West Bank olive waste offers source of 'green' heating
Olivebar trawls olive presses for pellets and skins left after production of olive oil, and compresses the waste into logs for the fireplace.
A factory set up recently near the West Bank settlement of Nokdim is offering an innovative method of "green" heating: compressed olive-waste logs for the fireplace.
The company, Olivebar, trawls olive presses for pellets and skins left after the production of olive oil. Avi Lorber, one of the owners, told Haaretz that about 60,000-70,000 tons of this material is produced in Israel annually. Although it is meant to be sent to landfills, it is often discarded in open grounds, becoming a pollutant.
"We chose a desert area because we can dry the waste in the hot open air, without wasting energy on drying machines," said Lorber.
Lorber has developed a process for turning the waste into compressed logs by mixing it with different materials. The ashes from the logs can be reused as fertilizer, and if the trend catches on, he said, it might stop people from cutting down olive trees for firewood, a practice that has become popular because of rising oil prices.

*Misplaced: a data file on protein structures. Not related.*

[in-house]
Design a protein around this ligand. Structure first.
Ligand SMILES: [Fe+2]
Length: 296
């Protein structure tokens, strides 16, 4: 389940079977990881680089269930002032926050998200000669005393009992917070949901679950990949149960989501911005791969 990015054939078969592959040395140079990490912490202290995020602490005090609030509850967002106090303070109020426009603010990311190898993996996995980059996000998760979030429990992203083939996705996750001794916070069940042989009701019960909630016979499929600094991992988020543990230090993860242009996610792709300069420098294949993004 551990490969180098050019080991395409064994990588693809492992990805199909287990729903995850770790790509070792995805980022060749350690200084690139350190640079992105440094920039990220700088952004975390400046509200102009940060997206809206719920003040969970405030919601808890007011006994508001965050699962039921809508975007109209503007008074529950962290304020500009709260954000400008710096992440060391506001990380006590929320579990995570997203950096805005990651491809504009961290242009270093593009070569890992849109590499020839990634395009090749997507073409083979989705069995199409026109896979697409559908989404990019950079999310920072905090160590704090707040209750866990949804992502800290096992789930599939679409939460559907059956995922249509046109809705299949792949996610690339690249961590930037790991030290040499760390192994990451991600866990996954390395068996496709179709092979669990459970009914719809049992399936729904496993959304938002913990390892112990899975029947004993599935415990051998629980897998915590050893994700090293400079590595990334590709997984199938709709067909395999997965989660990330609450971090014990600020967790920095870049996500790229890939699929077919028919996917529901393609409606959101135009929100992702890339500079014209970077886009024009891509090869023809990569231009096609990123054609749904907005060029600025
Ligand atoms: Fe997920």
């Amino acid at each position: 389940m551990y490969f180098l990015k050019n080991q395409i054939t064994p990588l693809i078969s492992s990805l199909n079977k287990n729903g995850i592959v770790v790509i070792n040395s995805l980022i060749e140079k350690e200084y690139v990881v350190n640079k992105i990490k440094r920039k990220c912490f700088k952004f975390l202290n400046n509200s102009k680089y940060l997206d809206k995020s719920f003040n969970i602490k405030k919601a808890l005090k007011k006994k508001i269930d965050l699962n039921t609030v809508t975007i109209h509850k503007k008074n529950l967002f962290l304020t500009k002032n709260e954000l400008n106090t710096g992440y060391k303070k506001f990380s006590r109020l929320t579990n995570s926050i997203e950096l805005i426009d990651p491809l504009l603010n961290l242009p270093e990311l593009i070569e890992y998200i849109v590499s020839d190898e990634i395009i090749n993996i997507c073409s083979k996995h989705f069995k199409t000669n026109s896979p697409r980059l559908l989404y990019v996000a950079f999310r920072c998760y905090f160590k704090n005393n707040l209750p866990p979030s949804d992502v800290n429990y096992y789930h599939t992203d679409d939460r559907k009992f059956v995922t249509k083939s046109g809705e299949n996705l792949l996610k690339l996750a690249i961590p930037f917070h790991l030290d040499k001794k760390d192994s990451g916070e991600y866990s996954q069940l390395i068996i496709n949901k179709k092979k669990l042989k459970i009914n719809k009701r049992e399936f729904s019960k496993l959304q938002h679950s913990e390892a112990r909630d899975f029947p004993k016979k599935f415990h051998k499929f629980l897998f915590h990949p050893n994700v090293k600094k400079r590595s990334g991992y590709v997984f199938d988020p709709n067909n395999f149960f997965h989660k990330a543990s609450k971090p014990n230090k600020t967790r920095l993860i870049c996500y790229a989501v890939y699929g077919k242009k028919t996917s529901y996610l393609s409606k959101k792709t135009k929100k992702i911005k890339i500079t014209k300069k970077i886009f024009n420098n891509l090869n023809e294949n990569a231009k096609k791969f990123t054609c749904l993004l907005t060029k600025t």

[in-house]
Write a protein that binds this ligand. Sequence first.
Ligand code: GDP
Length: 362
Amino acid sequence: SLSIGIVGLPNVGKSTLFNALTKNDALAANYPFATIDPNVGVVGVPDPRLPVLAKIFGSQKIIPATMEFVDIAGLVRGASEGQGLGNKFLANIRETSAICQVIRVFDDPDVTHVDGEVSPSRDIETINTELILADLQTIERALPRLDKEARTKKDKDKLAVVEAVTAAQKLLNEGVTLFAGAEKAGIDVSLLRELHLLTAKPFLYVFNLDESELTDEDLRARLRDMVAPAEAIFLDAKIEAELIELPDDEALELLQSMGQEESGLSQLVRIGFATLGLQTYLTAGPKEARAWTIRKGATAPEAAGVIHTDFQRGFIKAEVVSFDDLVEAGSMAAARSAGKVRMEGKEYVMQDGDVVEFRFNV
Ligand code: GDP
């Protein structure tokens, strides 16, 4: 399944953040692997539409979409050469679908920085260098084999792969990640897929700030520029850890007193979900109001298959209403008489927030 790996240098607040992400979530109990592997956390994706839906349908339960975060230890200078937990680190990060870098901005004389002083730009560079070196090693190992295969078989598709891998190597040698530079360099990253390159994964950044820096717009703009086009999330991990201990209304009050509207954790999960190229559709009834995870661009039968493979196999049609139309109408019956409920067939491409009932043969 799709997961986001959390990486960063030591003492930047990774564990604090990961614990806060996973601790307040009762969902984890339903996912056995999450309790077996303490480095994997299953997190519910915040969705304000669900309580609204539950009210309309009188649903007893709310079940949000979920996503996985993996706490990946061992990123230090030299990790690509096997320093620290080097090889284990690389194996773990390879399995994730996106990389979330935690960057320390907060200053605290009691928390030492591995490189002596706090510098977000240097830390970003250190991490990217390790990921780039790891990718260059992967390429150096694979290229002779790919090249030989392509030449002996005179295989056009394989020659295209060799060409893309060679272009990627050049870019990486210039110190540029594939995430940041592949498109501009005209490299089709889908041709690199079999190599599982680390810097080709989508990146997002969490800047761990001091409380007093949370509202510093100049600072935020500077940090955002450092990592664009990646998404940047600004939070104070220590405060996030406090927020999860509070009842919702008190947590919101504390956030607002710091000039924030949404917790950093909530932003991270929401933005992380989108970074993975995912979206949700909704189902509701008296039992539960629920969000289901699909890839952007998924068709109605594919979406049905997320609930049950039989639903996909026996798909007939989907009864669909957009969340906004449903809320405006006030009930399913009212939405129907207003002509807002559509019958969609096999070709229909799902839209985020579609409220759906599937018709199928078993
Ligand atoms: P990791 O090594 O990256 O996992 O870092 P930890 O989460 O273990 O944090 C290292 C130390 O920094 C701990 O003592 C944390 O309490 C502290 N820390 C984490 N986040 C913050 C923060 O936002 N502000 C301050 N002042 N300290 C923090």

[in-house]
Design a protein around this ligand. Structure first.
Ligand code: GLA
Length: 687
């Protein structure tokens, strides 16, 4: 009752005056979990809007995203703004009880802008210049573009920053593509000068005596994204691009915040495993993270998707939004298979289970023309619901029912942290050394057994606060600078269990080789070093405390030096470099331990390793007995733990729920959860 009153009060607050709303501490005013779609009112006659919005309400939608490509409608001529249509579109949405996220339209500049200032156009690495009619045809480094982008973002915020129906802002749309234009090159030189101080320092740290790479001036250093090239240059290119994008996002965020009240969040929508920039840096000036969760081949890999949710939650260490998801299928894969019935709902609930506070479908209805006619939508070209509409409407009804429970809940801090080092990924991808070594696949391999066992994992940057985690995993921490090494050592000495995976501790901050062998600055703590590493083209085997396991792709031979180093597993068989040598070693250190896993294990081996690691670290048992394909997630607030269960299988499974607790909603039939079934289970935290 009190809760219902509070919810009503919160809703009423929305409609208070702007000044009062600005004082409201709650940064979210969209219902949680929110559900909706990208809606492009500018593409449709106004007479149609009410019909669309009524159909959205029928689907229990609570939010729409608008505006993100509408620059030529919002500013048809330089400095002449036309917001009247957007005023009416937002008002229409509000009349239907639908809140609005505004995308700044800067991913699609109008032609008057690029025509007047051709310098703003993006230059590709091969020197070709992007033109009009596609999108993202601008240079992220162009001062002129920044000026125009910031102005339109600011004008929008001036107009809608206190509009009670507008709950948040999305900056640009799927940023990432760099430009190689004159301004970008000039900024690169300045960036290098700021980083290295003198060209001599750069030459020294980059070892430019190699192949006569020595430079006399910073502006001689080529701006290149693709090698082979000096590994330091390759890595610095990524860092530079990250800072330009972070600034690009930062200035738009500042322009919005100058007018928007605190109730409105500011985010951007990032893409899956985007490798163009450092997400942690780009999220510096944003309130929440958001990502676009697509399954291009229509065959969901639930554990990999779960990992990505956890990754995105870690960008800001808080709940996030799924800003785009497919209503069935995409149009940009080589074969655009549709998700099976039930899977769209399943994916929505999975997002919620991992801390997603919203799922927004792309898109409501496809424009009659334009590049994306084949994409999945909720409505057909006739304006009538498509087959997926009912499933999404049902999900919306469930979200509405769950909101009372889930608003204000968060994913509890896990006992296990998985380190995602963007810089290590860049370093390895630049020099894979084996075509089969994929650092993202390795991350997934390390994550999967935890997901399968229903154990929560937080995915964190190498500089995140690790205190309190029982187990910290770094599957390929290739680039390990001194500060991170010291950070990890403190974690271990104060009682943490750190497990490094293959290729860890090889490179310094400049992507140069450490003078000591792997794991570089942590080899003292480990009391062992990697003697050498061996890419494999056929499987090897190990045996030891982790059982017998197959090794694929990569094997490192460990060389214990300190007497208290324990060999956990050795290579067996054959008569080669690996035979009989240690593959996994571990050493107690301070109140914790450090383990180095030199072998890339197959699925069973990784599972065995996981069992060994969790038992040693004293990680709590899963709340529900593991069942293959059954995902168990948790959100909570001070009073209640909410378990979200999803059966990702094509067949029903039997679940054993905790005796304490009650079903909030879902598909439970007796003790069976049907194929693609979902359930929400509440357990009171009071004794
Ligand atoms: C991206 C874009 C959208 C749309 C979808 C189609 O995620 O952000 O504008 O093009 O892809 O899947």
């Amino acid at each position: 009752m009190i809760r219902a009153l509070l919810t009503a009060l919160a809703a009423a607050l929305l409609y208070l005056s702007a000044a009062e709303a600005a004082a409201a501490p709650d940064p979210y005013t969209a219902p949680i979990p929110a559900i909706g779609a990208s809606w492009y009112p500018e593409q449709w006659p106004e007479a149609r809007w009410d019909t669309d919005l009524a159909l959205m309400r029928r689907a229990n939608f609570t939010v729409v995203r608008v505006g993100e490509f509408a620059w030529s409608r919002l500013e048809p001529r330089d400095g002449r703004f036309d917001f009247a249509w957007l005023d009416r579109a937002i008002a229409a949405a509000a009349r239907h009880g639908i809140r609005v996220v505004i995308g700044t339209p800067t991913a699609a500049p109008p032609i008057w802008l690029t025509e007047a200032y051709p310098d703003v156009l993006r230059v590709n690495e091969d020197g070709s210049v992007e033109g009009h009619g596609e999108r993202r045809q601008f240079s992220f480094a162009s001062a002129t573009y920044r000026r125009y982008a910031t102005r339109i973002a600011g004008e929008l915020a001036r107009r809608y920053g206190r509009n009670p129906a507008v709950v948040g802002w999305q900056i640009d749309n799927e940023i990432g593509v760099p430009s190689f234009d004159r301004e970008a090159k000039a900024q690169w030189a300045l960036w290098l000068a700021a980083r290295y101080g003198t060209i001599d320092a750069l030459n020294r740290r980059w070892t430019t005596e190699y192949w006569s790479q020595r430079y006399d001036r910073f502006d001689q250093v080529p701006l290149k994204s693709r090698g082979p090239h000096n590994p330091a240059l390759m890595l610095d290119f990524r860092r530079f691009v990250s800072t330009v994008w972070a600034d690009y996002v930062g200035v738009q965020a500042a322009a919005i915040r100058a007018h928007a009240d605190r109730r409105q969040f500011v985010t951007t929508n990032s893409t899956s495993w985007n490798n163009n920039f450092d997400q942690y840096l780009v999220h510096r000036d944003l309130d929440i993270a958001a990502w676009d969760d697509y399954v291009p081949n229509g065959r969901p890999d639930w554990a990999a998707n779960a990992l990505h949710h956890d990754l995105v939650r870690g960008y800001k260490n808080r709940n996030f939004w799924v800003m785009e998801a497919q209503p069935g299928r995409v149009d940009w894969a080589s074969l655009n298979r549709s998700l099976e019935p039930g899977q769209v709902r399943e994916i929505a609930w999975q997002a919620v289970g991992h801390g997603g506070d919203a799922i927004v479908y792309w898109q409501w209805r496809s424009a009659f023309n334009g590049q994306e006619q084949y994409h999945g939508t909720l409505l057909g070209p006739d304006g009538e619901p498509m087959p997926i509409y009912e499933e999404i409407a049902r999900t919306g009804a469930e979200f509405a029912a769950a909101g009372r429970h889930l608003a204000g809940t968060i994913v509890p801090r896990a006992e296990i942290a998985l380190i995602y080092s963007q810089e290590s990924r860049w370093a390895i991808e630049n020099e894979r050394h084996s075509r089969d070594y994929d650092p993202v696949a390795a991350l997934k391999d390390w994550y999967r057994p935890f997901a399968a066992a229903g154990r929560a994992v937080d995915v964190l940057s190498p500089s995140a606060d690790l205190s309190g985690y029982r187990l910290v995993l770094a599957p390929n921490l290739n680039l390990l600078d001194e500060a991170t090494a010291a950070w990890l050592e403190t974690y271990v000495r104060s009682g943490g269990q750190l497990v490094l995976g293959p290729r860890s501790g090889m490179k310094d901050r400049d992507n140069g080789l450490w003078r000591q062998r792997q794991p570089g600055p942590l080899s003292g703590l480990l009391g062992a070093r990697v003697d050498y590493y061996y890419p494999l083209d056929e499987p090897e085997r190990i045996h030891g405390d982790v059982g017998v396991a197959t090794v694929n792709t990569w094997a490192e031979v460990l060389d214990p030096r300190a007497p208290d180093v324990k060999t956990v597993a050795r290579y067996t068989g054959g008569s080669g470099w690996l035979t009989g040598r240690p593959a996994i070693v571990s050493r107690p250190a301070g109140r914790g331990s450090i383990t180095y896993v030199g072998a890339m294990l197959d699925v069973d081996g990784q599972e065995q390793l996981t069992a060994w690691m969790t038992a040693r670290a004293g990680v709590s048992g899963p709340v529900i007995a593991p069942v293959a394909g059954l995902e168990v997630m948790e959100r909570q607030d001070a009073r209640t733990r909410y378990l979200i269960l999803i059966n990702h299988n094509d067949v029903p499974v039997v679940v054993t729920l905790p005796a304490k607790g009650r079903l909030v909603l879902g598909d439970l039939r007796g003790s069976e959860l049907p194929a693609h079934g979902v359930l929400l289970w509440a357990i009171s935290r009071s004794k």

Olive waste recycling has yet to be officially recognized as an environmental practice, and the Environmental Protection Ministry has still not set the bar for pollutants produced by burning olive waste material for heating. Olivebar did, however, conduct a private test at the Spectrolab laboratory and found that the oil waste does not produce toxic gases when burned.
An official from the ministry told Haaretz that it does not prohibit heating houses with olive waste bars, so long as the houses have a permit for wood heating. He also said the bars were one solution for treating olive press waste.
The factory is currently marketing its produce to private customers at fuel stations but hopes to begin exporting to Europe where the wood heating market is much larger. Lorber told Haaretz, however, that this may present a challenge: When he investigated the possibility of exporting to Austria, he found his products would be taxed extra there because the factory is located beyond the Green Line. He said that the owners are now considering relocating to the Negev, within Israel proper, and have already began negotiating with two agricultural communities to set up the factory on their lands.